Piano AndThe City. Dreamway (Jason Randall Smith)
Russian pianist and composer Olga Stankevich has a history with music that stretches back to her childhood. It is one that has tested her on many an occasion, whether learning as a student at her conservatory or partaking in a local music competition. While only in her teens, she traveled throughout Europe as part of an orchestra and even returned to her music college to teach. Her songwriting has led her to combine the discipline of classical with the accessibility of pop music on Piano and the City: Dreamway. Stankevich displays exceptional skill throughout this album as a pianist and it’s her performance that keeps the listener engaged even though some selections may not.
While this certainly isn’t the first time that classical themes have been married to electronic dance music, there are certain subgenres that can be more problematic than others. The subgenre of trance is always a dangerous place to go looking for intriguing ideas. It is music that only concerns itself with getting from point A to point B in the most direct route possible while making you move your body on the way there. However, this is exactly what makes Stankevich’s formal training such an integral part of this project. As “Contiguity” opens the album, the listener is presented with the basic formula for most of the other compositions. The percussive chug of electronic beats and bass pulses wouldn’t add up to much on their own, but they underlie a slightly mournful melody from Stankevich that remains expressive and dramatic. Her piano carries these tunes and keeps them from being discarded from memory.
Perhaps a better introductory point is the first single, “Inspiration.” While its overall structure might seem somewhat basic, its upbeat tempo and stirring piano are enough to pique the listener’s interest. The Justin Fry Radio Edit increases the tempo and adds an extra punch to the original. The kick drum feels more insistent on the remix and the inclusion of keyboard sweeps towards its conclusion builds the tension. “Ballet In <<Trash>> Style” is perhaps the most instantly engaging track on the album. Stepping away from a trance-pop framework, the song opens with a jagged syncopation that immediately separates it from the others. Tickling the lower register of the ivories, Stankevich supplies a haunting element to this tune as a tambourine insistently shakes. Although the song’s title is perhaps an acknowledgement that supporters of “serious music” would scoff at such experimentation, it represents the most successful integration of classical and electronic music on this album.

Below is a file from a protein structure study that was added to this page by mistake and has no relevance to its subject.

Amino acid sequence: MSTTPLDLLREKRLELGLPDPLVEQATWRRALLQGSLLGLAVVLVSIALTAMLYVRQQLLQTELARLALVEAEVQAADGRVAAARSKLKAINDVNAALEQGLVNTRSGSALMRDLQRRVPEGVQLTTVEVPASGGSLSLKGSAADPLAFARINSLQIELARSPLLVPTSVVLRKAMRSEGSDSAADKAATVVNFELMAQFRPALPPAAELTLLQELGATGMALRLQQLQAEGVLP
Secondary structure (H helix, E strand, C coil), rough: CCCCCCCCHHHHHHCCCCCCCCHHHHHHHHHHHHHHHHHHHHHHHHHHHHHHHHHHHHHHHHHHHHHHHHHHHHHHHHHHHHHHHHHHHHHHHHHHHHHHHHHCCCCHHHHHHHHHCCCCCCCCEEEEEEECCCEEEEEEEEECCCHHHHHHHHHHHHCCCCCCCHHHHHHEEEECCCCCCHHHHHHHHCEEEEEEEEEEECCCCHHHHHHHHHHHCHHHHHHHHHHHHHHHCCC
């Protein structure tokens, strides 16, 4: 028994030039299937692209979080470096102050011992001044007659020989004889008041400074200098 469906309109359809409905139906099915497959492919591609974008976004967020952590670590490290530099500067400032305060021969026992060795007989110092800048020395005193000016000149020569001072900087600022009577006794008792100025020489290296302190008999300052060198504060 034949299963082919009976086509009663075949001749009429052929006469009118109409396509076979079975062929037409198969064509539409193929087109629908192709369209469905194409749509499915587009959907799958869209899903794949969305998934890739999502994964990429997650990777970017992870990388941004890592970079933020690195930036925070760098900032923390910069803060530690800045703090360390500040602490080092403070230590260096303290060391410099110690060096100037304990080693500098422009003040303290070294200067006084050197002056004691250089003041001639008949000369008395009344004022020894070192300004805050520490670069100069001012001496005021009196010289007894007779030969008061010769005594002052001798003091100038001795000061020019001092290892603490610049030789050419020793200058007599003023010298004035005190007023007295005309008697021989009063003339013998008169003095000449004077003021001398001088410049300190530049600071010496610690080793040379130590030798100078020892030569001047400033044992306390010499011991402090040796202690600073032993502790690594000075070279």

“Rain” can be counted as another standout, its introduction bursting with a rapid succession of notes that cascade across a high-energy workout rhythm. During its breakdown, an audience can be heard in the distance cheering and clapping in sync as Stankevich reprises the main theme on the piano. “Rhythm Of Heart” shifts the dynamics with beats that lean towards a hip-hop influence, causing a slight head nod of approval. “The Flight” opens with a light, skittering percussion break that unfolds into a mid-tempo march, surrounded by synthesized brushstrokes and a staccato bass tone.
Fans of trance will more than likely be pleased with Piano and the City: Dreamway and the DJ community has already started to offer both club and remix support. Those looking for more sophisticated movements from dance music may come for the pounding beat, but will stay for Stankevich’s unquestionably masterful piano performance. Her superior technicality deserves to be on full display in a solo piano recording, which is something that we will hopefully see from her in the future. As for her debut album, the infusion of classical music doesn’t make trance any less predictable, but you can’t blame Olga Stankevich for wanting to try.
Jason Randall Smith